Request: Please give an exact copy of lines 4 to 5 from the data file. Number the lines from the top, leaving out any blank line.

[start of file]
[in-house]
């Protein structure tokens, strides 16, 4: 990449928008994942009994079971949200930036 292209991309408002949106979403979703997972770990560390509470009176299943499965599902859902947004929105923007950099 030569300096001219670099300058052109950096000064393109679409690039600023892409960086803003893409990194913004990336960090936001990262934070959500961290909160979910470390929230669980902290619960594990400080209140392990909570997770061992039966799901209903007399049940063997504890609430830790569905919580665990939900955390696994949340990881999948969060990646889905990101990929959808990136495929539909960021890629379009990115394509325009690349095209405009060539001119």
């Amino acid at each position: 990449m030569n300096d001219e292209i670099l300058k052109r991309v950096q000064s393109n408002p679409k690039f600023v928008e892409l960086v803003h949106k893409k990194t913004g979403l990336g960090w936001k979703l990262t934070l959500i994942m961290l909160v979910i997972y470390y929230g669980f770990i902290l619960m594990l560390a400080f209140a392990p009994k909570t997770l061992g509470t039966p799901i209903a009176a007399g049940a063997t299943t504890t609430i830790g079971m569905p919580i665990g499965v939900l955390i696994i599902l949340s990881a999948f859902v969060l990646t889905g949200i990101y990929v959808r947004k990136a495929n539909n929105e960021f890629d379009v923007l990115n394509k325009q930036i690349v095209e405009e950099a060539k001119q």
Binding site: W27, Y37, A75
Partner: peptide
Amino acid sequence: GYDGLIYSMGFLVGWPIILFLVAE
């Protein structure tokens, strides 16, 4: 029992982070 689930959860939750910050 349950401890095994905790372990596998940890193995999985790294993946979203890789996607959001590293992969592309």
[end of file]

Binding site: W27, Y37, A75
Partner: peptide